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HPPR Radio Readers Book Club

The HPPR Radio Readers Book Club is an on-air, on-line community of readers exploring themes of interest to those who live and work on the High Plains.

Wondering what book to enjoy as you relax in the cool of a summer evening? Don’t know what to read at the cabin or by the light of the lantern in the tent? Listen in June and July for the HPPR Radio Readers Summer Reading List! You’ll meet Radio Readers from across the High Plains as they share their favorites to help you build your list.

If you’ve got a favorite to share, you’ll find directions on this page where you’ll also find a printable list that will grow as the summer progresses.

Want to listen as you relax?  You can always download materials from previous seasons of the Book Club by scrolling through the listings.

Become an HPPR Radio Reader today! Click here to join the Book Club—and stay informed by liking our Facebook page!

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HPPR Radio Readers Book Club is made possible in part by a generous contributions from Radio Readers Lon Frahm of Colby, Kansas; Lynne Hewes of Cimarron, Kansas; and Lynn Boitano of Edmond, Oklahoma. Please join us in thanking them for their support!

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Latest Episodes
  • Hello, Radio Readers. I’m Jane Holwerda from Dodge City, Kansas. Believe it or not, we’re just about to the end of our Spring 2022 Series “Graphic Novels: Worth a Thousand Words.” Book Leaders and Radio Readers will be getting together for a live on-air discussion on Sunday, May 1, at 6pm. Please join us! You can count on lively and thoughtful conversation—and thousands of words—about Marjane Satrapi’s Persepolis; Nora Krug’s Belonging: A German Reckons with History and Home; and John Lewis and Andrew Aydin’s March.
  • This is Mike Strong, in Hays, for HPPR. The graphic history book is “March” by John Lewis, in a three-book package, as a trilogy.
  • Mike Strong with an interview of Leonard Reed, about a time when it was illegal for blacks and whites to be in the same taxi. Reed’s friend, black heavyweight champ Joe Louis used this fact to play a joke on Reed in New Orleans. This oral history is told by Leonard Reed and recorded in person by Nicole English and me.
  • This is Mike Strong in Hays, KS for HPPR. The book I'm reviewing is March, a graphic history by John Lewis that's a three-book trilogy.
  • This is Mike Strong, in Hays, for HPPR. The graphic history book is “March” by John Lewis, in a three-book package, as a trilogy. The inspiration to create John Lewis’ “March” as a graphic book trilogy was a 1957 comic book about Martin Luther King. That same year, 1957, the state of Virginia published a work they had commissioned in 1950, a history of Virginia, a textbook to be used in the Virginia schools. Among its topics is slavery in Virginia.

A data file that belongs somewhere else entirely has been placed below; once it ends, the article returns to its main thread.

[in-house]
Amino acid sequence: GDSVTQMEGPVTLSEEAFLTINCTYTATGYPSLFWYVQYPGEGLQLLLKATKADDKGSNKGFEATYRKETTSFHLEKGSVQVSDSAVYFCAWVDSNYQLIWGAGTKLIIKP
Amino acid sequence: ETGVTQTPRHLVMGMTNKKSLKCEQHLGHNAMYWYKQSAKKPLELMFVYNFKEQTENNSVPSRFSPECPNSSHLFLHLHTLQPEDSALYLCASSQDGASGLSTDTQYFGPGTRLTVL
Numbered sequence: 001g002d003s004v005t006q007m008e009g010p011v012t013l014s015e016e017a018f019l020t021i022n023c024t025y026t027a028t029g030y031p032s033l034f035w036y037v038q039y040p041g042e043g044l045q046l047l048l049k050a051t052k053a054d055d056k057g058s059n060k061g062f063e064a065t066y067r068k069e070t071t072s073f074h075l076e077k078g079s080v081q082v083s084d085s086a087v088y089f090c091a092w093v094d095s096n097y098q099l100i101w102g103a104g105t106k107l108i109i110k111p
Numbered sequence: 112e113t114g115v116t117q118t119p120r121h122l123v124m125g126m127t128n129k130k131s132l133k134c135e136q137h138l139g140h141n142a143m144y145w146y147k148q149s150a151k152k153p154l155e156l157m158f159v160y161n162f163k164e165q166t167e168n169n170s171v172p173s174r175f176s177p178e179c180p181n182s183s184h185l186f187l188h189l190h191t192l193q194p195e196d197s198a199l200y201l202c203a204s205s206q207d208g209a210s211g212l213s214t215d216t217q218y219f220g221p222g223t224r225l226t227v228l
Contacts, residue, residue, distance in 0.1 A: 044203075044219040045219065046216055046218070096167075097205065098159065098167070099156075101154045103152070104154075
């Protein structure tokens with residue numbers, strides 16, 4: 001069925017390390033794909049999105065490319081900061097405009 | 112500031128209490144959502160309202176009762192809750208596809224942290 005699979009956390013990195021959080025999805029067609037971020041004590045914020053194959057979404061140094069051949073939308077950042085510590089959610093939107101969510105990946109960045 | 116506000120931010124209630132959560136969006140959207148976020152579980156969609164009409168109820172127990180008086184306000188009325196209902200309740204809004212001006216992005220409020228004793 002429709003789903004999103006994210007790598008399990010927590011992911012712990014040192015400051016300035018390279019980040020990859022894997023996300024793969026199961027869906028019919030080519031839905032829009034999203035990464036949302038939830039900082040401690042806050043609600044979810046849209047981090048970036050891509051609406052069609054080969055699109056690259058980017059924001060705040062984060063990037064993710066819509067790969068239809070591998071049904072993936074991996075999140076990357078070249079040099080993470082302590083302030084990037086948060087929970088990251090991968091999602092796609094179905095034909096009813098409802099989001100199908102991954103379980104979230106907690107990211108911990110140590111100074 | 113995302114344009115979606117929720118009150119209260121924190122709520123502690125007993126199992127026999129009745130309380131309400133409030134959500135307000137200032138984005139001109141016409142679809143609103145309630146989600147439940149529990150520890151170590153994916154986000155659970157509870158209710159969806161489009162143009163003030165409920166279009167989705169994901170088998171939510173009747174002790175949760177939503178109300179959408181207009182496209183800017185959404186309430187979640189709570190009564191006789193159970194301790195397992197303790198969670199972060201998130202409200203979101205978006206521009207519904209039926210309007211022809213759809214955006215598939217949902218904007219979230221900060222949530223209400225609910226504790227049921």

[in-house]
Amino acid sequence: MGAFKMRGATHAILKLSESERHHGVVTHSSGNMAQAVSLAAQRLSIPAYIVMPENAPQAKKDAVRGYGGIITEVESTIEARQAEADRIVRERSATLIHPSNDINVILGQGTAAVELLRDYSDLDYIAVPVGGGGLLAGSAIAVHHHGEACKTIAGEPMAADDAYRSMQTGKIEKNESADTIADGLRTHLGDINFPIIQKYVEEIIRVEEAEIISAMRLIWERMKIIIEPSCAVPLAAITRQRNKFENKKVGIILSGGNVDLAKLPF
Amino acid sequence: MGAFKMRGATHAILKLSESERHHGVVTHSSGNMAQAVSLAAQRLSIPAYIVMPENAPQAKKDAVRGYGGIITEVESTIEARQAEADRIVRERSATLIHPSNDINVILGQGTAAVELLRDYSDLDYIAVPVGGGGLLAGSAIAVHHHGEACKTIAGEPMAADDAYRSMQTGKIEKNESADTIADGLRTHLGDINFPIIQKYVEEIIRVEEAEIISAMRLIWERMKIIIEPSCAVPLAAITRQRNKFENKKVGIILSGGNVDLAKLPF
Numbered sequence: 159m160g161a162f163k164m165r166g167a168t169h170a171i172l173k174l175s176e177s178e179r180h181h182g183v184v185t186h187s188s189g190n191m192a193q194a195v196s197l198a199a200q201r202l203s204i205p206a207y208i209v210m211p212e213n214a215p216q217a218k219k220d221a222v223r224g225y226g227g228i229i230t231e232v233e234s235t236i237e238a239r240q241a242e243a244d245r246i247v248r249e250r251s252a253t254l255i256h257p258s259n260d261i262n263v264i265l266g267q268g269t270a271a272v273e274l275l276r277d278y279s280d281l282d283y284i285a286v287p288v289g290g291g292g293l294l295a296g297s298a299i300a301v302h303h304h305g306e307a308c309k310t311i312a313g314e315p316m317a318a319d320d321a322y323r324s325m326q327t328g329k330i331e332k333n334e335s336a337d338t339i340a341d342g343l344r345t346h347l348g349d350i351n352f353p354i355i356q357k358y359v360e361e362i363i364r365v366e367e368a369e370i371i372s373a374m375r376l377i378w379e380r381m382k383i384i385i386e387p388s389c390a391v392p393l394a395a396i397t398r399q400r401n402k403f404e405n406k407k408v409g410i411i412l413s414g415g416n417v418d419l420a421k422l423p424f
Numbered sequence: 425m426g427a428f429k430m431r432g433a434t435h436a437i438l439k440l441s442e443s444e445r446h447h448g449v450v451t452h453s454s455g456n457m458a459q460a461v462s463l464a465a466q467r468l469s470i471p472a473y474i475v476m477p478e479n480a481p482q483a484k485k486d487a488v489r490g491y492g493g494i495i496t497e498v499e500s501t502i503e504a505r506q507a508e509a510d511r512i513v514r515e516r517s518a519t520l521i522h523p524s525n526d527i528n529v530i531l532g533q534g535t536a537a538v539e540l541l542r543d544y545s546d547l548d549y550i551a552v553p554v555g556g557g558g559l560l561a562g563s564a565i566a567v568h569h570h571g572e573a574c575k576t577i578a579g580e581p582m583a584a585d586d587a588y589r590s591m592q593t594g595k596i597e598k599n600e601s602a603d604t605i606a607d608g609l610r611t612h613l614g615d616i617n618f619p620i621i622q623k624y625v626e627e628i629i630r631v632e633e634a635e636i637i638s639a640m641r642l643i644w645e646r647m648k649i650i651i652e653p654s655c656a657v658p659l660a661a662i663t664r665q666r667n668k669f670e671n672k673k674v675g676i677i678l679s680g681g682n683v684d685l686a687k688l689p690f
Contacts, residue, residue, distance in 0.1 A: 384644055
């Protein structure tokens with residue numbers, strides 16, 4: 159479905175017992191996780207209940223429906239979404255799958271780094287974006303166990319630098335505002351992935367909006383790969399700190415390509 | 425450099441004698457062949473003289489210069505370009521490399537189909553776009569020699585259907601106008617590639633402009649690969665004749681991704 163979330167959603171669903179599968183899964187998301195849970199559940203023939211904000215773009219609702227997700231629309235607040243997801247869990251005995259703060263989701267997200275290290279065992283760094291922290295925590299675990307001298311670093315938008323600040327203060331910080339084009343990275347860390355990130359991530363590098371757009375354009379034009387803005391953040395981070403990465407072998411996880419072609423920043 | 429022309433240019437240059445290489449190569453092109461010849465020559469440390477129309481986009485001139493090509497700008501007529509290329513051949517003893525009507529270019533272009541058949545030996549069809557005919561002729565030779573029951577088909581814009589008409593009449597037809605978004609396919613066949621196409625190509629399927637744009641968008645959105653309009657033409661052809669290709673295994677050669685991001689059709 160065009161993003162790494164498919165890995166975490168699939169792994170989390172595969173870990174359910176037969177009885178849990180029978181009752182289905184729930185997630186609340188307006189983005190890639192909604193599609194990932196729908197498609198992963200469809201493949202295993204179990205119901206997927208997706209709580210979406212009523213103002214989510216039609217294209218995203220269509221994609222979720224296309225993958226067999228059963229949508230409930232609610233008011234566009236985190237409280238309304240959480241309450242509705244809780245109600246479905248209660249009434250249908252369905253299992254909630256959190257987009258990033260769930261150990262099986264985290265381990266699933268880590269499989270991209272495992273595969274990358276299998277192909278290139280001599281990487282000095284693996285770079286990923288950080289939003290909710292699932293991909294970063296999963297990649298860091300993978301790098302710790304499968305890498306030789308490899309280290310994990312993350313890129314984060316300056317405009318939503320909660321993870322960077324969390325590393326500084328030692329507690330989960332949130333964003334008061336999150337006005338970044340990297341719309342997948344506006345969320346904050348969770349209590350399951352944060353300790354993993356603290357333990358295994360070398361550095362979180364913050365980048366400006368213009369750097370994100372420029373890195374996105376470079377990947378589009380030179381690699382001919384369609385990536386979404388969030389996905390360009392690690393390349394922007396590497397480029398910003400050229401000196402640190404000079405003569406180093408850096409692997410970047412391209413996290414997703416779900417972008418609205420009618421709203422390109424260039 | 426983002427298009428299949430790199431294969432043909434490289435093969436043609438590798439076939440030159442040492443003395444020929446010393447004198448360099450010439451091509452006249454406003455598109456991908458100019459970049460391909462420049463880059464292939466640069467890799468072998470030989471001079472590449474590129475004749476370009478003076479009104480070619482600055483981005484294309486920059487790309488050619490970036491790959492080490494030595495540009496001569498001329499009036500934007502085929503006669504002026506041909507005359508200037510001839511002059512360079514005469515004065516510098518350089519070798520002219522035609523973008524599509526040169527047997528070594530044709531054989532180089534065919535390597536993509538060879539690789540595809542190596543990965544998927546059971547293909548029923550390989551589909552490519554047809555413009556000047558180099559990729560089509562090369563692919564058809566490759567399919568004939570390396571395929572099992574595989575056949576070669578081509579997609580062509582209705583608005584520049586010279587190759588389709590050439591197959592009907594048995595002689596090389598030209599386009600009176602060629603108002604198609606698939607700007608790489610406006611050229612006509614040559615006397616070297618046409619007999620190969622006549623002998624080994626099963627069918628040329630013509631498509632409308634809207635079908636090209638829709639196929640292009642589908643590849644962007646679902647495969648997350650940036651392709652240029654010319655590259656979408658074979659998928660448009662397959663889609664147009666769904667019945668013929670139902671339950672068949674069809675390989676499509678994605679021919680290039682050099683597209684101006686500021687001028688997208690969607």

• Melodie Graves from Amarillo, Texas, for the HPPR Radio Readers Book Club. Today we continue looking at the March trilogy, which is a three-part graphic novel written about the discrimination and oppression experienced by the great John Lewis.
  • The March trilogy, written as a three-part graphic novel, is the story of discrimination and oppression as experienced by the great John Lewis. John Lewis was a Civil Rights advocate since he was young. He fought for equal rights for everyone until the day of his death in 2020. His accomplishments will continue to live on even after his death, and this trilogy is a way to make sure his story and legacy continues.
  • This is Nicole English coming to you from the Sociology Department at Fort Hays State University for HPPR's Book-Bytes. This is a discussion of the graphic novel, March by the author, civil rights leader, John Lewis along with Andrew Ayden and illustrator Nate Powell.
  • Hello, Radio Readers; this is Kim Perez, and I am coming to you from Hays with a Book Byte for HPPR. The discussion this month centers around the three-book series, March, by John Lewis, Andrew Aydin, and Nate Powell. This series tell the story of critical moments of activism during the Civil Rights Movement from the perspective of one person who participated in them, Congressman John Lewis.
  • This is Leslie VonHolten on the High Plains of Kansas with another HPPR Radio Readers Book Byte.What a coincidence. As we Radio Readers are exploring graphic novels this season, Maus by Art Spiegelman made the news. If you haven’t read it yet, Maus—spelled M-A-U-S—is the true story of Spiegelman’s parents during the Nazi Holocaust. His father, Vladek, was a survivor in every way: by initiative and skill, by his strength of character, and by luck. He is also a master storyteller.